No matter which of the three approaches you choose, you still need to plan your website ahead so that it can effectively achieve your objective.
Planning will help in deciding how your website should be designed, what sections you are going to include in the site, what kind of content would work best in achieving your objective, and so on.
Below are the six steps in building a website, from planning until the launch.
Step 1: Defining Your Objective
This is the first, and arguably the most important aspect of the planning process. In this step, you’d need to identify the objective of the website design by considering:
— Who is the target audience of the site?
— What would the audience expect to find or to do on the site?
— What is the website’s position in the company’s branding strategy? (i.e. if it’s going to be the centre of the branding strategy)
— Your competitors’ sites, and whether you are going to mimic their approaches or take a different angle
The clearer you can define your site’s objectives, the better you can execute the website design process.
Step 2: Site mapping
Site mapping, or wireframing, is creating a mockup of the website so we can visualize its structure and how each page’s content relates to each other.
The wireframe will be a guide for how the site will ultimately look, and will also give you some ideas on how to finalize or format the design of certain elements. You can technically site map the whole website with a pen or paper, but there are various apps like Balsamiq, Webflow, and even Mindnode that can help with the process.
Even if you are planning to use a website builder platform, it’s better to first create your wireframe to help with the final design.
Step 3: Planning your content
Obviously no matter how good your website’s design is, it won’t really bring any value if your content is not valuable for your audience.
In web design, it’s important to remember that your site’s content serves two main purposes:
Attracting and engaging visitors: content is what attracts people to come to your website, and engage them so they stay for as long as possible on your site.
SEO: it’s important to have the right mindset regarding SEO; it’s not your site that ranks on Google’s SERP, but rather, the content. Only if your content is high-quality, relevant, and well-optimized can your page rank well on Google’s and the other search engines’ SERP.
So, when developing content on your startup or SaaS business, it’s important to keep in mind SaaS SEO best practices and strategies in the process: start with a proper keyword research, develop your content based on your target audience’s search intent, and optimize them.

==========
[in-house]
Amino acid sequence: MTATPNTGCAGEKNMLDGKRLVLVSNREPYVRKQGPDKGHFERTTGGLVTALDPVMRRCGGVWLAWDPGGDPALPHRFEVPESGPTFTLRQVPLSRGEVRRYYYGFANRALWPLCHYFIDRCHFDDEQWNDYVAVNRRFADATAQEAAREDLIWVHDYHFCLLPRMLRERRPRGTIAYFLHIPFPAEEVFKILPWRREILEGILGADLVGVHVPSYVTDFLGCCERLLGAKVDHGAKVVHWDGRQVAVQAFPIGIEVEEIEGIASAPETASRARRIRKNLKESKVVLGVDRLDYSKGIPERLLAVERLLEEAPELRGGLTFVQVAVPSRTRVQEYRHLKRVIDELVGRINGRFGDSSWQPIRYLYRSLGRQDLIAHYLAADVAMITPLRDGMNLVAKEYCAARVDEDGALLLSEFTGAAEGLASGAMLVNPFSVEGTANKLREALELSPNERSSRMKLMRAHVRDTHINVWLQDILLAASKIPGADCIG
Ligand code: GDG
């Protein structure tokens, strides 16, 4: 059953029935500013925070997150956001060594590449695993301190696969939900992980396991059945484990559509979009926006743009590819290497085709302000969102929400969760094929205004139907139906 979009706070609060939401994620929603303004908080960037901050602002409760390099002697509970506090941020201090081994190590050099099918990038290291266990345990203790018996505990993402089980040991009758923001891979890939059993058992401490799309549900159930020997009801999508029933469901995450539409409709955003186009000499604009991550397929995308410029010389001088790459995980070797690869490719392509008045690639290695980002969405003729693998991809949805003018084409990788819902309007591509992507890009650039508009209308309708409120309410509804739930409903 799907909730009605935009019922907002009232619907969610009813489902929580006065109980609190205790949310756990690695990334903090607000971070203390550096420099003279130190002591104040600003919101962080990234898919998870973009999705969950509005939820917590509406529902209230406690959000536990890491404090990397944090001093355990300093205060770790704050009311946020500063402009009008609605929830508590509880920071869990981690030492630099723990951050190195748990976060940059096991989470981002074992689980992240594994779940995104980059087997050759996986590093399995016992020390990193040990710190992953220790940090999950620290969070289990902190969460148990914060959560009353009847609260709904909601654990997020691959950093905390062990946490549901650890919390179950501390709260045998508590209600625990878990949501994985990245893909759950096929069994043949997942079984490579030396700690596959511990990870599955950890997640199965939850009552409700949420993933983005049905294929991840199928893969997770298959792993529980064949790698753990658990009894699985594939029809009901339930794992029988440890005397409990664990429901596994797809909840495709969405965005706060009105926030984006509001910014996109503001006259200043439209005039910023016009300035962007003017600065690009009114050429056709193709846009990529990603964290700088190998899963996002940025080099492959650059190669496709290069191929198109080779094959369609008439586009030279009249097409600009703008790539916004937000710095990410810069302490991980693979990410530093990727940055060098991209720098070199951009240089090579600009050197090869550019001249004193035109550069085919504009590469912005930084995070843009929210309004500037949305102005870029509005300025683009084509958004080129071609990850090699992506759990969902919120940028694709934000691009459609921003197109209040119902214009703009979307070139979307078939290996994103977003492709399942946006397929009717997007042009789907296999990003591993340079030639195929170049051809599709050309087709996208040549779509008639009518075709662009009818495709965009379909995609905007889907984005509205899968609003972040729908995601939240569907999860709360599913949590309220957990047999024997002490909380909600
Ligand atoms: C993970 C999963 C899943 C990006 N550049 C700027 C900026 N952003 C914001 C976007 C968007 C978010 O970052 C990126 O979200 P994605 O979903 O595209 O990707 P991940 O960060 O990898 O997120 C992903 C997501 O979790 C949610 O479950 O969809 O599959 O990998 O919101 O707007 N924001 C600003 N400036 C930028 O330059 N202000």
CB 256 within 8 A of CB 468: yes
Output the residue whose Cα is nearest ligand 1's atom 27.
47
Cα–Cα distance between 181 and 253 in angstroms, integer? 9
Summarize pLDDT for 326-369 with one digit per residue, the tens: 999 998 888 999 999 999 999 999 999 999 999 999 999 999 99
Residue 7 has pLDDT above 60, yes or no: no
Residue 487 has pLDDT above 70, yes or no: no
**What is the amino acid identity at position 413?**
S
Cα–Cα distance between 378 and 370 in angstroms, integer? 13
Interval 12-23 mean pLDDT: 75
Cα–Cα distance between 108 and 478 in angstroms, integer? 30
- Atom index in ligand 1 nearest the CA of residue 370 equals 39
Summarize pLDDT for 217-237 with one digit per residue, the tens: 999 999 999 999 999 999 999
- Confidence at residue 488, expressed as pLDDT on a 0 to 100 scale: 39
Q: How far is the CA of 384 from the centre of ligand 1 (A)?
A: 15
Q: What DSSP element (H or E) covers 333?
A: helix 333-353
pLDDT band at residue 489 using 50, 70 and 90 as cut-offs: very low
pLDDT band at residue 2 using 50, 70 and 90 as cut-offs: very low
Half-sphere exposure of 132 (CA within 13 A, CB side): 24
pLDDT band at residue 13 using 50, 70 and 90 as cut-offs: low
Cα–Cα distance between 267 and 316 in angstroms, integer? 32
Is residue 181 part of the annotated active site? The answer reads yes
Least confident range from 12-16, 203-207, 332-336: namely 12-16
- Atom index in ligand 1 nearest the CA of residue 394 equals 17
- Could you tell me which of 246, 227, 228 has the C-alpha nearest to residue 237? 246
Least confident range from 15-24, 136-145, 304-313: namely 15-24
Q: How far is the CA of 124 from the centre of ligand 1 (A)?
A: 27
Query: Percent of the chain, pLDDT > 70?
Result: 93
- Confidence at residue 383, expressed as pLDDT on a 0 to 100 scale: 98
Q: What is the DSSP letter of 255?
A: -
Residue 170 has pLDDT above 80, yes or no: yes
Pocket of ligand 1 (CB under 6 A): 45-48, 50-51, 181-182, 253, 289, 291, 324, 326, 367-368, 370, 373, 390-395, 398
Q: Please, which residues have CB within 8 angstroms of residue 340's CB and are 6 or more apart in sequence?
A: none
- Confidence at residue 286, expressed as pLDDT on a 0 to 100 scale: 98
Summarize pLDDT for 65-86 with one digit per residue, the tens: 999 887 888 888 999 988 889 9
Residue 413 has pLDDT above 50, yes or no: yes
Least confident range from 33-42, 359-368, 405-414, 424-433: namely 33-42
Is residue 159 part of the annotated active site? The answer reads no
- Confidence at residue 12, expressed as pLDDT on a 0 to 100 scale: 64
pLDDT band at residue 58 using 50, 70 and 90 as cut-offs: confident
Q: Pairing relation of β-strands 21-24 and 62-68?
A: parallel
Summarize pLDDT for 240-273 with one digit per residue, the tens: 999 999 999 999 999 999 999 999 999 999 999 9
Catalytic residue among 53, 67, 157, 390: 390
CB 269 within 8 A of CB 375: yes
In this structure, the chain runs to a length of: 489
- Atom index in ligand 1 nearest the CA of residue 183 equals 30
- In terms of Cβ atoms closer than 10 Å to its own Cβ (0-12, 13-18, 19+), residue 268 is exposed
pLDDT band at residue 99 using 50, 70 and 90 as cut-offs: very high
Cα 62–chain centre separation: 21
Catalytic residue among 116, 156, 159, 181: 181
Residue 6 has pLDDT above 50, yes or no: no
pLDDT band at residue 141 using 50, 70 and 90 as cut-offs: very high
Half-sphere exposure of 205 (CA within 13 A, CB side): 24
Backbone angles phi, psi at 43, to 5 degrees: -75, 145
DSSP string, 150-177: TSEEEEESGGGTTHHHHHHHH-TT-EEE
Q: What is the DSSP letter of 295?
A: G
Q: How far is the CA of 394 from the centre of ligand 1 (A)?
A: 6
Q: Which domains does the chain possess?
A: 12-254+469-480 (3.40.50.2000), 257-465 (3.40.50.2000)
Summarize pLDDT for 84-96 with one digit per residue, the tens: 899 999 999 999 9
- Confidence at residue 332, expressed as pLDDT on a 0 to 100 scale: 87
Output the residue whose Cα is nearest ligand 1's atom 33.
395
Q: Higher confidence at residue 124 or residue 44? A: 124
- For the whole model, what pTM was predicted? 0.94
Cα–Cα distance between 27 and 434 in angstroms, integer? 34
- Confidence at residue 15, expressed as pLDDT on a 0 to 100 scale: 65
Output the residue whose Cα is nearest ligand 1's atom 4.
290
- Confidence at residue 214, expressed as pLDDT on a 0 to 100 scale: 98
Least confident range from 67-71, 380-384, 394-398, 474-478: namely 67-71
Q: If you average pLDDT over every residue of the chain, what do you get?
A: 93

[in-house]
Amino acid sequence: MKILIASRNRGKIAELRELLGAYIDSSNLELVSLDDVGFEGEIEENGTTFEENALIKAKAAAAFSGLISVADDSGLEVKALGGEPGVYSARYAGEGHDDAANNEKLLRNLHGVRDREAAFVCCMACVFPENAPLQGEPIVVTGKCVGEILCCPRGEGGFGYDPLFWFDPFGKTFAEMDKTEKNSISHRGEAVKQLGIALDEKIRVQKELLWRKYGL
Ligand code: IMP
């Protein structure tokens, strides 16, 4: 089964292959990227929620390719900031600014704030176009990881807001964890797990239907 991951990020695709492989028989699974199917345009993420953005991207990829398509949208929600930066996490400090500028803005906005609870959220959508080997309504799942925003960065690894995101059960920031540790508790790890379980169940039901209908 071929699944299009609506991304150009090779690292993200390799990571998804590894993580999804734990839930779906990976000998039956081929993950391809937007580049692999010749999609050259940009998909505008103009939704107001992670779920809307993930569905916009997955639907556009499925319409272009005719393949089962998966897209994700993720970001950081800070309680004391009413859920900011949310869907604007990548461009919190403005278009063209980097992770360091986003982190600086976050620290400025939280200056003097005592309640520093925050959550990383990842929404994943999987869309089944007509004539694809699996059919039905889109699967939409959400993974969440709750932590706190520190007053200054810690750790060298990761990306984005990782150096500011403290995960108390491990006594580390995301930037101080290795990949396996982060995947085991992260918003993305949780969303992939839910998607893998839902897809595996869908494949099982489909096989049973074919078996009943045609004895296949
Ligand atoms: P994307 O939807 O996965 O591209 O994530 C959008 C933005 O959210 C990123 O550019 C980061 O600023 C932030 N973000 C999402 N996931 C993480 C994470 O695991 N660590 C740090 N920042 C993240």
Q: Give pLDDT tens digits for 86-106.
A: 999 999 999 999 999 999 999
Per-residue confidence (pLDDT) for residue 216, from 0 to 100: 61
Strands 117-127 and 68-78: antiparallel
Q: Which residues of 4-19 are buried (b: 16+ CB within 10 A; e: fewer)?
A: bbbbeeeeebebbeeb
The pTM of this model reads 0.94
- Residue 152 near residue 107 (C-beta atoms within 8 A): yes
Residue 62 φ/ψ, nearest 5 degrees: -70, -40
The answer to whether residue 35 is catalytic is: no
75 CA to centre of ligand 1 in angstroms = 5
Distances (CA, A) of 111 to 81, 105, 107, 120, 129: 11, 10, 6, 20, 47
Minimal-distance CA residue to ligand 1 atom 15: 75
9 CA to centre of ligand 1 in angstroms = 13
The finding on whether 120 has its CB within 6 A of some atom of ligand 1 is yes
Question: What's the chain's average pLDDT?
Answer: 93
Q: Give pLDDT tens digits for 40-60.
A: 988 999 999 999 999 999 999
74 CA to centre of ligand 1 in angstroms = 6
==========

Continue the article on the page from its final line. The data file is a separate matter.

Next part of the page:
However, the most important thing is to ensure that your content is relevant and attractive for your target audience. Plan your content strategy carefully as this can make or break your website.
Step 4: Planning visual elements
Visual design is obviously important for any website nowadays. If your site is using low-quality images or if your site’s layout is not well-designed, people won’t trust and will leave your site, period.
Carefully plan color choices for each page, logo placement, and various other visual elements on the page.
Step 5: Assembly and testing
Once you’ve got everything planned, it’s time to put all the elements together on a test page. If you are using a website builder platform, you can easily drag and drop everything and test its performance before launch.
Thoroughly test each page, check whether all pages can load properly on all devices and browsers, and check whether all links are working. There are various tools that can help you test your site’s performance, like Google’s PageSpeed Insight, Screaming Frog, SEMRush, W3C Link Checker, and more.
Step 6: Launch
This one is fairly self-explanatory, and probably the one you’ve been waiting for: the website launch. When everything has been tested and you are sure about your site’s current performance, you can launch the website.
Obviously, not everything is going to be perfect and you might find issues throughout the site, it’s normal. Monitor everything, identify issues and make adjustments as required.
Obviously, you’d need to update your website’s content and even refresh its design regularly. The launch stage of a website is, in most cases, the beginning of the journey rather than the end.
Your website is a very important part of your brand’s or personal online presence, and a proper website is very important if you want to reach a wider audience.
Fortunately, nowadays we have various tools and solutions so we can easily make a website, even if we are a complete beginner without any programming skills. Even if creating a website is fairly easy nowadays, don’t underestimate the importance of the planning process, and remember, your site is only going to be as strong as the content within it.
Mike Khorev is an SEO expert and consultant who helps SaaS, software, IT, technology, B2B and startup companies generate more sales and grow revenue online. He offers expert advice on marketing your company the right way through performance-based SEO, inbound marketing, conversion rate optimization, search engine marketing and many other online practices.